Augustana researcher awarded “much money” to study “much marriage”

Professor Mélanie Méthot’s project “Much Married: bigamy in Australia (1816-1950s)” was awarded a large Insight Grant through the Social Sciences and Humanities Research Council of Canada competition.

Tia Lalani - 08 December 2020

In 2001, Mélanie Méthot was researching intellectual history. She was combing newspapers to try to understand the thought process of social reformers and those who lauded them in the early 20th century. During her research, she came across three stories on bigamy in one newspaper and paused...that’s peculiar. Years later, she is armed with more stories of bigamy than she ever thought possible and a very large research grant to help her comb through them.

Professor Méthot’s project “Much Married: bigamy in Australia (1816-1950s)”, which was awarded a large Insight Grant through the Social Sciences and Humanities Research Council of Canada’s competition, will look at the over 2500 bigamy cases that have been prosecuted in Australia since 1812. 

“A nation of bigamists”

“Apparently, Australia is a nation of bigamists,” professor Méthot laughed, taking delight in the subject matter that has kept her interest for years. “But really, it’s because they’re a convict colony. It’s part of their history.” The Australian government has also put a lot of money into digitalization, which is why professor Méthot has such extensive resources available to her. Most of their newspapers have been digitized, and professor Méthot partnered with the Prosecution Project, which has been instrumental in digitizing all sorts of legal documents indexes, and in turn, has allowed her to locate court case files.

“It’s really rare that you get the chance to be this exhaustive,” professor Méthot explained while looking forward to diving into the over 100,000 hits for “bigamy” in Trove, the country’s digital library of historical newspapers. “The way I work as a historian is that I don’t have a hypothesis...I just let the data talk.”

And talk, this “data” certainly does. From stories of one minister who seemed to be involved with a number of bigamy cases while running a “marriage shop” of sorts, to individuals who committed bigamy but claimed intoxication during the first go-around, creating a null-in-void type of situation...though not in the eyes of the court, professor Méthot has seen it all. And although most of the cases that professor Méthot has come across thus far were simply informal divorces, they were--and still are--interesting and engaging, because, professor Méthot says, they are the stories of people. In fact, in Australia in the 1800s and early 1900s, people would go to watch divorces in court and bigamy trials as a form of entertainment. According to professor Méthot, “Newspapers delighted in providing tantalizing details on nearly every case of marriage breakdown.”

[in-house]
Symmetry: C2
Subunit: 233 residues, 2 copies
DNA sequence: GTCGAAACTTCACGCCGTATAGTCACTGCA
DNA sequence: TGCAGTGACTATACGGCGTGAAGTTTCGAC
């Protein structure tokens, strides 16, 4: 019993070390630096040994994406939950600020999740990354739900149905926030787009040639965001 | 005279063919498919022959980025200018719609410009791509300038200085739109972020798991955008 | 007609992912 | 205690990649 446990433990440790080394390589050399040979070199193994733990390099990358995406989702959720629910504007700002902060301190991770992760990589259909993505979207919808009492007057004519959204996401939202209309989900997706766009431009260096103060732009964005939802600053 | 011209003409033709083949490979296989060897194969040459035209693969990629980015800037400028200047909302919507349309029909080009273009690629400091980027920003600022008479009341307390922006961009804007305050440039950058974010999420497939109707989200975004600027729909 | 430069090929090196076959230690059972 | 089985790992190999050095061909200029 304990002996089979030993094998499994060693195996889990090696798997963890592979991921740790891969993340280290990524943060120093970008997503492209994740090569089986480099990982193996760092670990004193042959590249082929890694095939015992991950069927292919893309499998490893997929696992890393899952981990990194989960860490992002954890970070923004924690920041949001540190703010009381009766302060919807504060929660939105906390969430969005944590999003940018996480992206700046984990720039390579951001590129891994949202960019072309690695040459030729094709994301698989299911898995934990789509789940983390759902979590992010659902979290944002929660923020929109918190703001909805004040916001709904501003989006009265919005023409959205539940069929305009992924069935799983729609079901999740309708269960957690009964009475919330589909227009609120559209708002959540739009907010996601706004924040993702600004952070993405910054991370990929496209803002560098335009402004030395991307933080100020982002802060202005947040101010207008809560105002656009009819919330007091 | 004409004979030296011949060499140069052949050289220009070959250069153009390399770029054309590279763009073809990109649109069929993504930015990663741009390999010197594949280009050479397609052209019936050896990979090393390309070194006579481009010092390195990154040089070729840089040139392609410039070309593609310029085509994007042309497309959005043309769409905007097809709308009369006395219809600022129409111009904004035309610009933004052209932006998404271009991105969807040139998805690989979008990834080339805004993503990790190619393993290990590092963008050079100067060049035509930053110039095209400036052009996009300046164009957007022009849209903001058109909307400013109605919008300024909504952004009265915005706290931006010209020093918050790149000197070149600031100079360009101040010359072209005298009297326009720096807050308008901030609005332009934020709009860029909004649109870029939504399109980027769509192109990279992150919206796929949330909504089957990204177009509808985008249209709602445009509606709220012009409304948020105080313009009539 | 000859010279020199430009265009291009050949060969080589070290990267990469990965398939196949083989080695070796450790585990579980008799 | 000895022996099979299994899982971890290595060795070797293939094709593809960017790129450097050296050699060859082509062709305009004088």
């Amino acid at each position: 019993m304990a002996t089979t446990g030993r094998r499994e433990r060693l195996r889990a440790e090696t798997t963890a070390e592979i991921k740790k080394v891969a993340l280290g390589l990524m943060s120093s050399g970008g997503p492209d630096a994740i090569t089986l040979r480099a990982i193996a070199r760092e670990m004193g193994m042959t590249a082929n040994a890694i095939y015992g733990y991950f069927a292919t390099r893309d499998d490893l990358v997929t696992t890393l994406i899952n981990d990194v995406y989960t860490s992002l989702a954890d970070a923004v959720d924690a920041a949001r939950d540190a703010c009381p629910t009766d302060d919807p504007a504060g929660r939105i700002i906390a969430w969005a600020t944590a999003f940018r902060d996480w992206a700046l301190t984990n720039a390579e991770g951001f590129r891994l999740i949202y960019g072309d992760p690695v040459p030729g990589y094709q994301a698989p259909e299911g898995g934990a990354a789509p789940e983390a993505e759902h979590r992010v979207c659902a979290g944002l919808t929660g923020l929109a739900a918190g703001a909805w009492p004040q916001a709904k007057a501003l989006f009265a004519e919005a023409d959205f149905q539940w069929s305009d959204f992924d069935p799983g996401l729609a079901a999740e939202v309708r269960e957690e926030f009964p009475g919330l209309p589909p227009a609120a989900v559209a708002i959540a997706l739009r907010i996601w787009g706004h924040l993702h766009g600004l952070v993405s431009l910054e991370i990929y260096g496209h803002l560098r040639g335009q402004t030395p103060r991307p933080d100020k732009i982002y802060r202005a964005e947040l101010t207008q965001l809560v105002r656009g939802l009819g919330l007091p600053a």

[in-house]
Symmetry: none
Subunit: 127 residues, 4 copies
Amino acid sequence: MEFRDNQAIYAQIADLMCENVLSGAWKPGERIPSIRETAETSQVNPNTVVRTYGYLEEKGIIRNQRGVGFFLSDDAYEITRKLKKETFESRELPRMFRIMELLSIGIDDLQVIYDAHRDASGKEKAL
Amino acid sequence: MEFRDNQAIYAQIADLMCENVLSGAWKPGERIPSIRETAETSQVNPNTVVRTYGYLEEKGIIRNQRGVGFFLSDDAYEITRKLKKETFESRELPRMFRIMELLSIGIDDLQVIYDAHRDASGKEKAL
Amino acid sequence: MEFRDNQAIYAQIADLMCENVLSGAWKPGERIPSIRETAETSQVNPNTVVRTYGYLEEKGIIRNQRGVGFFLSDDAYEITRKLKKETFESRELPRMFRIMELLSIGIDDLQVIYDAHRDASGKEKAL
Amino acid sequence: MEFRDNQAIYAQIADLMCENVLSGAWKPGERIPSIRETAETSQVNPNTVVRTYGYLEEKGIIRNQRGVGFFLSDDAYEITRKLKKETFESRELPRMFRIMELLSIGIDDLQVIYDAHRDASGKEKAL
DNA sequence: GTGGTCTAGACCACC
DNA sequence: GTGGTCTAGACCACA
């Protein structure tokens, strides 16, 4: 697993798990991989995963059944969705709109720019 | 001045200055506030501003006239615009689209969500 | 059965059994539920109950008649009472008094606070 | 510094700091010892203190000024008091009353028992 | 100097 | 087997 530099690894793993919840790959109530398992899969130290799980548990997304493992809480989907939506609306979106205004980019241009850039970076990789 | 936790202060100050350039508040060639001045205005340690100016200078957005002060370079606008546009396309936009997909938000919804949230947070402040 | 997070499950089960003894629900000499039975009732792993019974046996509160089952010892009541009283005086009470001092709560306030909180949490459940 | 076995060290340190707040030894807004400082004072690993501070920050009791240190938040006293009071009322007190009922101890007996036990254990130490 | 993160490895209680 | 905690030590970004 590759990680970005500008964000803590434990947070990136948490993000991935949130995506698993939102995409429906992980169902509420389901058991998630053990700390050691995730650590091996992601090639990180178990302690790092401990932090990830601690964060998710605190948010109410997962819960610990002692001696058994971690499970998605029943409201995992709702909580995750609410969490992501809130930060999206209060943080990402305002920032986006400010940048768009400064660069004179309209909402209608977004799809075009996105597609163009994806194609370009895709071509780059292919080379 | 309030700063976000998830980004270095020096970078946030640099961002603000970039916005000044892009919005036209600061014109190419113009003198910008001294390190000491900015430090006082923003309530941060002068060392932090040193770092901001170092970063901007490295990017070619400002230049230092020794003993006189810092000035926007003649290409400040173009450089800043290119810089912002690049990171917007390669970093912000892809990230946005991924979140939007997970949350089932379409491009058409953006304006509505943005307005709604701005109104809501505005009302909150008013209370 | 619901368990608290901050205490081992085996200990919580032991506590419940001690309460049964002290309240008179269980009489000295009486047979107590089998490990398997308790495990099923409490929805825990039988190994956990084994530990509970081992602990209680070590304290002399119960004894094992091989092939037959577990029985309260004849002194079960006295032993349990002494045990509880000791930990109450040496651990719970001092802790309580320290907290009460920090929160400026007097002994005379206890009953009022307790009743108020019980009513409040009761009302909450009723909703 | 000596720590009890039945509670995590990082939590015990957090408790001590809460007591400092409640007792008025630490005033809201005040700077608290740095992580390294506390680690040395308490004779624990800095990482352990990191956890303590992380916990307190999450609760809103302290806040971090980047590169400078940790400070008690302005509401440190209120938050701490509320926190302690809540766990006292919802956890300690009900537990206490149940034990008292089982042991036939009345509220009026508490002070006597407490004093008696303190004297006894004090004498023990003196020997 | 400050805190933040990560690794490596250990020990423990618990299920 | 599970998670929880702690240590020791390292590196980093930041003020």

Towards modern marriages

And although Professor Méthot’s project studies the past, it has much to do with the future.

“This research will allow us to see how the mentality has changed in relation to marriage throughout history because bigamy is an offense against marriage. I’ll also be able to find much about religion, gender roles, specifics for case files and individuals, etc. This research will have implications for contemporary debates about the nature, roles and meaning of marriage in Western societies.”

Professor Méthot was able to put these connections in the hands of her students during the undergraduate history course on marriage that she taught online in September. While giving them access to some of the case files, she also asked them to analyze a television show that dealt with marriage, and one student studied the Netflix series “Love is Blind”. 

“Although we may associate marriage with love in the modern age, it wasn’t always for that purpose,” professor Méthot explained. “Marriage is still about inheritance, it’s still about how you regulate society, who is going to be in charge of the children, etc., but it’s certainly changed, in terms of both the law and practice.” 

Student research at the forefront

Further than teaching the subject in her classes, professor Méthot has employed a handful of research assistants to help with her project and doesn’t plan on stopping there. She will continue to offer positions to students and will, in fact, be hiring again next summer. Half the time, the students work on a general grid of analysis, while they are free to pursue something that may have sparked their own interest the rest of the time, towards the end of being able to co-author papers and articles with professor Méthot.

“The benefit of the SSHRC, much more than what I’m going to find, is the ability to mentor students,” professor Méthot said. “When I think about my career, I think I have much more impact in the classroom than anywhere else.”